I cannot follow the reasoning by which it is thought that Lieutenant Todd's participation as an Assistant Trial Judge Advocate of the court-martial showed a lack of fair or thorough investigation. Possibly such previous work as investigator would make it inappropriate for him to sit as a member of a judicial tribunal.[2] But he only acted as counsel and assistant counsel at that. The use of information gained in the investigation, assuming it was made, does not show the investigation was not impartial and objective.

The last point relied on to prove lack of thoroughness in the investigation was the failure to call Mrs. Kerry. There are three answers to this: One is that Smith, himself, did not want her called. The second is that at most she was present only at the first meeting between Smith and the complaining witness in the attempt case. And, third, I submit there is no basis for requiring that an investigation, in order to be thorough and impartial, seek out every person mentioned in connection with the affair under scrutiny, especially after a preliminary statement has been taken indicating the probable content of what such person would have to say.

This is a case where, in my opinion, the conclusion reached by the Trial Judge should stand and it seems to me that we are going beyond our proper function in upsetting it.


[1] The doctor examined Miss Dale about 10 o'clock the morning following the occurrence. She had some bruises on the right thigh, left arm, left knee and a graze on the left knee. She was not virgo intacta. There was no evidence of injury in the vagina at all. A local witness testified that Miss Dale had a bad reputation for chastity. Admittedly she had been out with another soldier that evening. That soldier was not present or accounted for at the trial.

[2] According to Miss Cullum, while she and Mrs. Kerry were walking and the soldier in question was cycling beside them, two special constables then passed going up the hill and the soldier said, "good-night" to them. Those constables, apparently readily available, were never examined or called as witnesses.

[3] Ex parte Quirin, 317 U.S. 1, 63 S.Ct. 1, 2, 87 L.Ed. 3; In re Yamashita, 327 U.S. 1, 66 S.Ct. 340, 90 L.Ed. 499.

[4] Swaim v. United States, 165 U.S. 553, 17 S.Ct. 448, 41 L.Ed. 823; Mullan v. United States, 140 U.S. 240, 11 S.Ct. 788, 35 L.Ed. 489; Martin v. Mott, 12 Wheat. 19, 25 U.S. 19, 6 L.Ed. 537.

[5] CM 209477 Floyd, 17 BR 149, 153; CM ETO 6694 Yarneck, 17 BR (ETO) 163, 179; CM (ETO) 4570 Haskins, 13 BR (ETO) 57, 71-75; CM 323486 Ruckman.

[6] It will be remembered that there is no claim that defense counsel were ever asked whether they wished Mrs. Kerry produced as a witness. Lieutenant Todd, as previously mentioned, did say at the habeas corpus hearing that he asked Smith if he wished to have her as a witness. Smith at the same hearing testified that he asked his "defense counsel for her presence as a defense witness during the course of the trial."

[1] At least since 1943 the administrative interpretations of such section have been uniformly of the view that it was not jurisdictional. Holding of Board of Review in C. M. 299477, Floyd, 17 B. R. 145, 153-6 (decided February 2, 1943); Holding of Board of Review in C. M. 323486, Ruckman (1947). The contents of the legislative history cited in the majority's opinion compels the view that Congress apparently agrees with such interpretation and did not at that time desire to change it. Furthermore, the opinion of the Judge Advocate General cited in the majority's opinion to the effect that the Article is jurisdictional was superseded by his opinion in the Floyd case. See 57 Yale L.J. 483, 485 (1948). That earlier opinion, moreover, was in a case where the Judge Advocate General had found no pre-trial investigation whatsoever. See 57 Yale L.J., supra, 484, f. n. 15.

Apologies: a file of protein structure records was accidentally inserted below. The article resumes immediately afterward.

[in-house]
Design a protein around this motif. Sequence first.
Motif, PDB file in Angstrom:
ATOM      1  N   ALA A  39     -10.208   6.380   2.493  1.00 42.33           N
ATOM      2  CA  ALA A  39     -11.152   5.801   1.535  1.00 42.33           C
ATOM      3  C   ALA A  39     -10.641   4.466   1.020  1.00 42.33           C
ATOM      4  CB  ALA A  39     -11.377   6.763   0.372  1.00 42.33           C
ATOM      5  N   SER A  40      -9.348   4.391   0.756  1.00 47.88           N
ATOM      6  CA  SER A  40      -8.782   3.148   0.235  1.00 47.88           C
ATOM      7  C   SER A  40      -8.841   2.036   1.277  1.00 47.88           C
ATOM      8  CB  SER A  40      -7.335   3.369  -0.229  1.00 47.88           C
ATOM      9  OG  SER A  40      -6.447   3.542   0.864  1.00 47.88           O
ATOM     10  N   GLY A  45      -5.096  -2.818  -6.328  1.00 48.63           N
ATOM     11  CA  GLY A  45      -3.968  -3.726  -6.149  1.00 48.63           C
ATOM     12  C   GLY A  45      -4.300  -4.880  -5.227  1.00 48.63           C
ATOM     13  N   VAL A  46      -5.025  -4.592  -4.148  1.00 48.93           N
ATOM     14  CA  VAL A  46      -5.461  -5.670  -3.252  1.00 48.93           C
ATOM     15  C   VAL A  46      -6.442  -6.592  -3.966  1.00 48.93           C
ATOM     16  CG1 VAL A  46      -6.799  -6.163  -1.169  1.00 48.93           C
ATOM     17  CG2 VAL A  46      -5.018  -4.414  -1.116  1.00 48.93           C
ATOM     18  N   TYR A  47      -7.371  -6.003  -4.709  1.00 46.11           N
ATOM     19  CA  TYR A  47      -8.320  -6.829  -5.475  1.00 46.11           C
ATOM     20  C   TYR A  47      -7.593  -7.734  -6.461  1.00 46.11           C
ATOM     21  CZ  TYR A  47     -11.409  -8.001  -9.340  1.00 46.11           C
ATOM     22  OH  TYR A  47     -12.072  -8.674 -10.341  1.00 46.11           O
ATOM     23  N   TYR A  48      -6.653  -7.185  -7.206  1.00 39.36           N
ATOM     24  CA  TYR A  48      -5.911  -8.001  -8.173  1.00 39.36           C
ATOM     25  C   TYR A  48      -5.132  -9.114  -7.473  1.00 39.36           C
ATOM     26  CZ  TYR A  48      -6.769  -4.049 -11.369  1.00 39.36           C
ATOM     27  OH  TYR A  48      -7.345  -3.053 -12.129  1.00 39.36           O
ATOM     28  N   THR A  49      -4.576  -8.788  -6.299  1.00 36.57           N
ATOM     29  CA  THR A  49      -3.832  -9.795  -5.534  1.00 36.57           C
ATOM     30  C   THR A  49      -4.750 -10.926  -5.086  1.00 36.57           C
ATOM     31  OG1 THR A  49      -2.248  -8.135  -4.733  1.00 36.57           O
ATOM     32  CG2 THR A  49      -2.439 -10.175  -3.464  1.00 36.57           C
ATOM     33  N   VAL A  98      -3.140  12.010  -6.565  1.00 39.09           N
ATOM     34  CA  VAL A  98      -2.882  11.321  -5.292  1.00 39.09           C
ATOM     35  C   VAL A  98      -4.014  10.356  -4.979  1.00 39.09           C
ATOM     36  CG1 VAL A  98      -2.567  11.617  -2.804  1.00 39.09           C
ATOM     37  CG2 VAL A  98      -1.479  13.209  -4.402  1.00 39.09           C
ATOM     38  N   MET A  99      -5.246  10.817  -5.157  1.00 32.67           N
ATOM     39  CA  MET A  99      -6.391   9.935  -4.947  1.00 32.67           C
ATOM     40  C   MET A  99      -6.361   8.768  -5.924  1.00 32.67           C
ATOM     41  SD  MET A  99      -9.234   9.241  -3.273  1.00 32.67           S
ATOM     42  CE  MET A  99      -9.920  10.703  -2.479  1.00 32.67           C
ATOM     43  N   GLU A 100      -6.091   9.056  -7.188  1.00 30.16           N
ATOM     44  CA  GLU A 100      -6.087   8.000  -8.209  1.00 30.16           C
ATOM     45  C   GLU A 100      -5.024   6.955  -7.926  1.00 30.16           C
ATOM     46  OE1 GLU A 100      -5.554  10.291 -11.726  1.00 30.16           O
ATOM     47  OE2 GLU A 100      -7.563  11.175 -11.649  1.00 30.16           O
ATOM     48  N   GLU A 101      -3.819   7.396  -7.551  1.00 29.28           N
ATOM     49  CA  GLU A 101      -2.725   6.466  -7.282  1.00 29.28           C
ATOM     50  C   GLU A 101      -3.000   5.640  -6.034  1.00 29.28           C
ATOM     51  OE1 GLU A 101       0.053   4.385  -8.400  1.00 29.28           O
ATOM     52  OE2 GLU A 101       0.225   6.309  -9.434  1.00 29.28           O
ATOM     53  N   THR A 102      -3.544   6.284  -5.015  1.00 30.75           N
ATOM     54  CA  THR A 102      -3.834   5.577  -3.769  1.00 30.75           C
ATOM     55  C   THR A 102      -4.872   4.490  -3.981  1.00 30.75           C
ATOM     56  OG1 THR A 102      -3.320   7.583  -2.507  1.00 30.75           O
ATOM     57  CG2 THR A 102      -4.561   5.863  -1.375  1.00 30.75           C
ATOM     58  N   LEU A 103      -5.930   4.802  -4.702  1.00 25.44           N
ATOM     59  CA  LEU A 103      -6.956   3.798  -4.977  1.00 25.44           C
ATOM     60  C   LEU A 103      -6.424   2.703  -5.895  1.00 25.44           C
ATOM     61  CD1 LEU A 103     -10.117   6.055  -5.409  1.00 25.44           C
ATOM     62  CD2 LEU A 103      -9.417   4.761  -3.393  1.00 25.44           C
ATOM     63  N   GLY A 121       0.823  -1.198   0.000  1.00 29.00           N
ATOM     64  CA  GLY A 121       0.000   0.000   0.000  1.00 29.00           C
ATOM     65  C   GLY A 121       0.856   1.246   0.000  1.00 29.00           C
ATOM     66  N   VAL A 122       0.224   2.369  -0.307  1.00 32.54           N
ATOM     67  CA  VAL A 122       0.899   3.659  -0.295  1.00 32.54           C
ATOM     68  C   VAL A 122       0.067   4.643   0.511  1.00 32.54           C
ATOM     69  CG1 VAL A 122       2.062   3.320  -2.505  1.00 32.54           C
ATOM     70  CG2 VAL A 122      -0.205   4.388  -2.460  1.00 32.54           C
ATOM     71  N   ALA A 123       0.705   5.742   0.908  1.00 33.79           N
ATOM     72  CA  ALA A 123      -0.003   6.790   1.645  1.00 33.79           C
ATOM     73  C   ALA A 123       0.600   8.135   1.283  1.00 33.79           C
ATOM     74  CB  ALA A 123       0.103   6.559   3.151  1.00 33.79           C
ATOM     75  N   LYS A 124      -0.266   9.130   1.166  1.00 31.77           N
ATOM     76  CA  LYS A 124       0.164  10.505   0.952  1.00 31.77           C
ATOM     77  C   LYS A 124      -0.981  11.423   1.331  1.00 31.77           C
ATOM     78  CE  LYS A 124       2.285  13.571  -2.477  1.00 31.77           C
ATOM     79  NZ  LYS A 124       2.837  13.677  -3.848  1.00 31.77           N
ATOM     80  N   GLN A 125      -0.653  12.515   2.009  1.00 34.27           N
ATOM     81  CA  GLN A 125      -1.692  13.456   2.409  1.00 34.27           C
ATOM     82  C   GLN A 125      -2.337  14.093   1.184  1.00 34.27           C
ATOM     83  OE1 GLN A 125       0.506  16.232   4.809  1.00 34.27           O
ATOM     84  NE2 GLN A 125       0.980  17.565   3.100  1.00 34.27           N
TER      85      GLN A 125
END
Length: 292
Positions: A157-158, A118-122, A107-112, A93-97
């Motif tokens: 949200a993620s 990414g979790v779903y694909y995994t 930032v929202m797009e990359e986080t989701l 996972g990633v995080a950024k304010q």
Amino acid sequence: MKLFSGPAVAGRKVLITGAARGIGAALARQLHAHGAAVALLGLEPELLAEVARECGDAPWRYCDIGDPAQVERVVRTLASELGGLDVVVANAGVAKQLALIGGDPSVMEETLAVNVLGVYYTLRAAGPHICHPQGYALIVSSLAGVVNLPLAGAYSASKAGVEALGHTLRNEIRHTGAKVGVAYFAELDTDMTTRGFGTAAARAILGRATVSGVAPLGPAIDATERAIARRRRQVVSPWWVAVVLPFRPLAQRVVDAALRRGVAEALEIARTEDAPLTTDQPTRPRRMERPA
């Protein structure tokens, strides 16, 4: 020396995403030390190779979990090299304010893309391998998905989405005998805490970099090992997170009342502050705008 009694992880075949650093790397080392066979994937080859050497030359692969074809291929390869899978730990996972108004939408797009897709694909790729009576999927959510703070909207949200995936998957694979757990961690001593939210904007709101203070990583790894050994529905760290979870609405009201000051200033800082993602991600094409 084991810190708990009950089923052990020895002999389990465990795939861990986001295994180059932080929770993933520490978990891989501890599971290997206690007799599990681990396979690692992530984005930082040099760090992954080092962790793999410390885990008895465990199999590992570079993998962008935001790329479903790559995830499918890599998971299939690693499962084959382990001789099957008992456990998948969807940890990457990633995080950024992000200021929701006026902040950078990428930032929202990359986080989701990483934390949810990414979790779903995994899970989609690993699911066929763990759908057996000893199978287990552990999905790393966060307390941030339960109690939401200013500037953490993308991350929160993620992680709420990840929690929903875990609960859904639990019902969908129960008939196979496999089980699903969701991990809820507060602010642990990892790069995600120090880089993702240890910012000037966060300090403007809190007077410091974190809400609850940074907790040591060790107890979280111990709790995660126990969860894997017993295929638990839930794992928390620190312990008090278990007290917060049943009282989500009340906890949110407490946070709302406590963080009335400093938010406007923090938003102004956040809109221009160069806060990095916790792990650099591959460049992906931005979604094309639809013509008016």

The authorities relied upon do not persuade such a conclusion. They all rely upon the superseded Judge Advocate General's opinion and are cases in which the irregularities in the pre-trial investigations permeated the trial itself. Thus in Hicks v. Hiatt, D.C.M.D.Pa.1946, 64 F.Supp. 238 the telling of the accused that his pre-trial statements would be used only in his favor induced statements which were used against him at the trial. Moreover, the matters vital to the accused's defense were not investigated on the mistaken notion that they were incompetent in the consideration of the offense. Anthony v. Hunter, D.C.Kan. 1947, 71 F.Supp. 823, also relied upon the superseded opinion and the witnesses requested by the accused were not produced at the pre-trial investigation or the trial. The only two Circuit Court of Appeals cases which deal at all with the point are as much in favor of the Government as the Petitioner. Waite v. Overlade, 7 Cir., 1947, 164 F.2d 722; Reilly v. Pescor, 8 Cir., 1946, 156 F.2d 632, certiorari denied, 1946, 329 U.S. 790, 67 S.Ct. 353, 91 L.Ed. 676.

[2] But cf. Keyes v. United States, 1883, 109 U.S. 336, 38 S.Ct. 202, 27 L.Ed. 954, in which the validity of a court-martial sentence was upheld by the Supreme Court where the same officer was a complainant, testified as a witness, and sat and passed judgment as a member of the court-martial. Carter v. Woodring, 1937, 67 App.D.C. 393, 92 F.2d 544, certiorari denied, 1937, 302 U.S. 752, 58 S.Ct. 283, 82 L.Ed. 582.